No, the headline above this story has nothing to do with you or me. At the end of the day it doesn't matter whether or not you or I think the Rangers can somehow pull themselves out of this 2-1 hole (this is sarcasm), or if you believed in the Rangers when they went down 3-1 in the Second Round and were down 1-0 in that deadly Game 5 until Chris Kreider scored with 101 seconds left.
No, we don't play as critical of a role as you might think. Being loud in The Garden, believing in your team while they're playing right in front of you is, of course, different. But between the Rangers loss to the Lightning in the opening act of Game 3's overtime and today? It matters little.
The reality of the situation is simple: These New York Rangers are very good at making life difficult for themselves. There's another part too: These New York Rangers are also very good at feeling their backs against the wall and coming together to overcome even the most difficult mountains of adversity.
But don't let that stop the panic, because it hasn't. Derek Stepan needed to answer a plethora of questions about whether or not he believed the Rangers were done, because apparently no NHL team has ever come back from a 2-1 series deficit before.
It gets taken to new levels when the team's own media -- in this case a certain writer for the New York Post -- buys into the panic as well. Apparently Alain Vigneault was asked about starting Henrik Lundqvist in Game 4. And Vigneault found this question funny. I will not link to the piece, you're adults and if you so wish to read a take hotter than the sun and reward them for the story you can Google it yourself, but this writer wrote a column today defending his question by bringing up another starting goaltender for another team in another city in another playoff series from 2011 as evidence.
Because, of course, Vigneault's decision to start Roberto Luongo in Game 7 of the 2011 Stanley Cup Final as the coach of the Vancouver Canucks is applicable to the situation at hand right now.
I am not in the locker room every day, but I can assure you this team believes in themselves. This is a team that's come 102 seconds away from death, climbed a 3-1 hill in the process and did so knowing they could do it. The belief in the room is far more important than the belief outside of it, I promise you.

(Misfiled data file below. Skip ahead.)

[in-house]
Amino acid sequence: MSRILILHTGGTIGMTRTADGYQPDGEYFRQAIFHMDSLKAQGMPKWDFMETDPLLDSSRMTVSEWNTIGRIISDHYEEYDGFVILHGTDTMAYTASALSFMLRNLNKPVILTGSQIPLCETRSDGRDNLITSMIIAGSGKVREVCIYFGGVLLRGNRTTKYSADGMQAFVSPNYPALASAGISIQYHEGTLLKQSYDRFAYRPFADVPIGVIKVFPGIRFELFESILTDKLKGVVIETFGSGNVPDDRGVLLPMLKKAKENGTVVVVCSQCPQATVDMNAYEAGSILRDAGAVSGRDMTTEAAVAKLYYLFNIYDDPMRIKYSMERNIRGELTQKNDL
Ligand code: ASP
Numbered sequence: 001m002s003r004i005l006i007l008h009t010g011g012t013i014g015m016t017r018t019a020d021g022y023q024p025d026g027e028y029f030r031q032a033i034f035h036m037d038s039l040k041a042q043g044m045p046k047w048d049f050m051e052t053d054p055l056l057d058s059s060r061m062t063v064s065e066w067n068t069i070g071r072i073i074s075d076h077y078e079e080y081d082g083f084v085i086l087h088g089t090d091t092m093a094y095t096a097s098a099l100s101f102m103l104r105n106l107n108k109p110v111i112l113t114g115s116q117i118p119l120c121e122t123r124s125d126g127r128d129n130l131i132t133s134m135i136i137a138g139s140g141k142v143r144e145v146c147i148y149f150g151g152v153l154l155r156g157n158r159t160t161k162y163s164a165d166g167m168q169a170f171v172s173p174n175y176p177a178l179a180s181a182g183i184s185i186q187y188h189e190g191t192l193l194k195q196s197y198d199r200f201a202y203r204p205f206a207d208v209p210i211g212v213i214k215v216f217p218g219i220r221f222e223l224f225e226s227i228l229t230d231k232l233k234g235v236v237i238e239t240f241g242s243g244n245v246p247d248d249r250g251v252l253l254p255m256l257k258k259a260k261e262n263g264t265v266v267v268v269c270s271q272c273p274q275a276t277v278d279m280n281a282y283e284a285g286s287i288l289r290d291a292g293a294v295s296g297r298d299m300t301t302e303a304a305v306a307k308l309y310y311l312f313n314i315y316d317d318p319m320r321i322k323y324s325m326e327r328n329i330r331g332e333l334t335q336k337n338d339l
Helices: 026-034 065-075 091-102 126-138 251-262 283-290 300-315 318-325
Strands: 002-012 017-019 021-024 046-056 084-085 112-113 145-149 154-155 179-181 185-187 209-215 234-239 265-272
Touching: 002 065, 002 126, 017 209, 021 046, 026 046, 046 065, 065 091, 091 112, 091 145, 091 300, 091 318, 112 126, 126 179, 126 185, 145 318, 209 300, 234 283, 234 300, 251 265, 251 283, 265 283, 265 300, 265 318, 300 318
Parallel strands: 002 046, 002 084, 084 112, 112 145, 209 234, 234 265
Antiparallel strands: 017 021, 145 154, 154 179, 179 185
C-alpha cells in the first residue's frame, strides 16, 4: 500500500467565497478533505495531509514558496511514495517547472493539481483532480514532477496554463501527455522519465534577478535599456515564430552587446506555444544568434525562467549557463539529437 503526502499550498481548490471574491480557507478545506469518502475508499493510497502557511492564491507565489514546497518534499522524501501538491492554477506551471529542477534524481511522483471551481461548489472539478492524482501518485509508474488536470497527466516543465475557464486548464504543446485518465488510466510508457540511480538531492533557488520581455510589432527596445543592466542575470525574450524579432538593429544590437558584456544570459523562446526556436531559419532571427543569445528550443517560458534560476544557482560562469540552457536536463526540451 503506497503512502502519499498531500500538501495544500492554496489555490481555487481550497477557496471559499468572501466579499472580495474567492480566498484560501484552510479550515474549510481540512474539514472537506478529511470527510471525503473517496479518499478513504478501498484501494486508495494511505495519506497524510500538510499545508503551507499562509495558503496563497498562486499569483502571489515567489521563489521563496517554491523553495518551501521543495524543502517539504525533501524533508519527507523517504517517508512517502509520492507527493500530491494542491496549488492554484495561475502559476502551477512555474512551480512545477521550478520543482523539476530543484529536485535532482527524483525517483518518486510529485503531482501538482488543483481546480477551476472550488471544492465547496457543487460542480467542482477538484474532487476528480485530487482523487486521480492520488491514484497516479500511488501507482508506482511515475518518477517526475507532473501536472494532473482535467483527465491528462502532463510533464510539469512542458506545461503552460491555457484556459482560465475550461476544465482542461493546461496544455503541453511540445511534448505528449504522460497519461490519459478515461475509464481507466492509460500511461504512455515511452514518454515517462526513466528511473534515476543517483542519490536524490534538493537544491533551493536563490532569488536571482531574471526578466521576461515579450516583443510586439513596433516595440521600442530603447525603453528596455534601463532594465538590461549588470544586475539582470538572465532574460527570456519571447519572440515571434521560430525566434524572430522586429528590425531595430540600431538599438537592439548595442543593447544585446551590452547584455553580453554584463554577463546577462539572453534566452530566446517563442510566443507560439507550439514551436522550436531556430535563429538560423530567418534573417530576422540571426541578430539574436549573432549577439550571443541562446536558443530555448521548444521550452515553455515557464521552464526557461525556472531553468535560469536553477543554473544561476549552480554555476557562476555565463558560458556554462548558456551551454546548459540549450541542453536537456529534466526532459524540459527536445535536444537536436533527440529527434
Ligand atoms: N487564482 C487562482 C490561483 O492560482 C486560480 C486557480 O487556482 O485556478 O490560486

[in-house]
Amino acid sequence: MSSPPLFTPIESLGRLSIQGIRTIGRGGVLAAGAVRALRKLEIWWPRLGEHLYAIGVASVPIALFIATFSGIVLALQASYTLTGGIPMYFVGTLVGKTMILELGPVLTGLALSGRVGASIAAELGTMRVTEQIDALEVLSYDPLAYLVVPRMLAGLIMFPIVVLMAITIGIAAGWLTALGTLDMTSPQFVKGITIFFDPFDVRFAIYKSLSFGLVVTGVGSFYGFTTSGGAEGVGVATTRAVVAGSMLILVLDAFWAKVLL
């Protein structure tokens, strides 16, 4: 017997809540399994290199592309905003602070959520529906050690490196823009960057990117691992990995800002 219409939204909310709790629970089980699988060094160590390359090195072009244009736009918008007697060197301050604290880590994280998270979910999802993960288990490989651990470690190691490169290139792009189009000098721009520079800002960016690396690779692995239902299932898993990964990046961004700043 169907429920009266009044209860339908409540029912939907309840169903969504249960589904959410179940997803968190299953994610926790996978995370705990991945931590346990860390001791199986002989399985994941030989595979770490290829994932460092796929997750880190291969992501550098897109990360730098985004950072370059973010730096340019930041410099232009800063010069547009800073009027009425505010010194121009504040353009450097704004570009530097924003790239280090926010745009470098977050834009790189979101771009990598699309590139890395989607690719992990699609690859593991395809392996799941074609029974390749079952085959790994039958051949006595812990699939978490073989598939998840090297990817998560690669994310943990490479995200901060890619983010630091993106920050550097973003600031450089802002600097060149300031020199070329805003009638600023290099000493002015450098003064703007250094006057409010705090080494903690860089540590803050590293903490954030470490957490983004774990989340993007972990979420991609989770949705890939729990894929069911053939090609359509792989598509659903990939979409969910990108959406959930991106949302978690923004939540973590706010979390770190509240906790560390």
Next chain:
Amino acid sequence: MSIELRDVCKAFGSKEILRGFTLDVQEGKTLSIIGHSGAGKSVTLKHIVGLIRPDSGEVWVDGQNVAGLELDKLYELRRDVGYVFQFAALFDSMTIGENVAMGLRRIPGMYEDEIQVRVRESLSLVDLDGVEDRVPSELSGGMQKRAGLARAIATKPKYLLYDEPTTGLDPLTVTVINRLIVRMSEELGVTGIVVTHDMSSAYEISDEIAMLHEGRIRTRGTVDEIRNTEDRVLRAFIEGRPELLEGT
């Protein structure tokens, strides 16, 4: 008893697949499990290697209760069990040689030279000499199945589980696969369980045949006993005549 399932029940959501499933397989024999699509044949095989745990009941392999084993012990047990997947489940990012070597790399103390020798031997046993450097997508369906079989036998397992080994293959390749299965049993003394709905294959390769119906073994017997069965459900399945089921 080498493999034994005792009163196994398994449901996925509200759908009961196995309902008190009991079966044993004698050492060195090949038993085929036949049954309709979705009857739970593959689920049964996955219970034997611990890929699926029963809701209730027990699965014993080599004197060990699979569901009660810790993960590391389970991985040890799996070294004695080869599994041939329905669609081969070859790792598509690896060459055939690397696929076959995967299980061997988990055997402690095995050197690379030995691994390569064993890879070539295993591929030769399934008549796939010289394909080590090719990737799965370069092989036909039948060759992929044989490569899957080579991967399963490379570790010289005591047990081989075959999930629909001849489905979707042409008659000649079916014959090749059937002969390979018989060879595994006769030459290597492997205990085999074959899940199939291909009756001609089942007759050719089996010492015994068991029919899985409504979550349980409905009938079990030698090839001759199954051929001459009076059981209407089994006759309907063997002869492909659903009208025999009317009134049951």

It helps that the problems plaguing the Rangers right now are extremely fixable. Stupid mistakes, lack of defensive communication and even dumber penalties. The Lightning are a very good hockey team, yes, but the Rangers have also done a really good job of shining the spotlight on their strengths rather than their flaws. And like any good team (and Tampa Bay is a good team) the Lightning took the inch and ran a mile.
So people who should know better are questioning Lundqvist despite the fact that it was his heroics that got us here in the first place. It's sad, really, that Lundqvist has been so exceptional his entire career that the moment he gives up more than two goals a game two games in a row people turn on him. That he's been so good perfection is the only acceptable outcome and even the smallest blemish on a single game is enough to make the masses turn. We don't deserve him, that's how good he's been.
This team knows better. They've done this before -- hell they've done worse before -- and they're more than capable of doing it again. As annoying at it might be to be your own worst enemy, it also means your problems are fixable. And that believe starts internally.
So, yes, it was a laughing matter to Vigneault when he was asked about sitting Lundqvist. Probably because the question has never even been thought to be thought about in the locker room.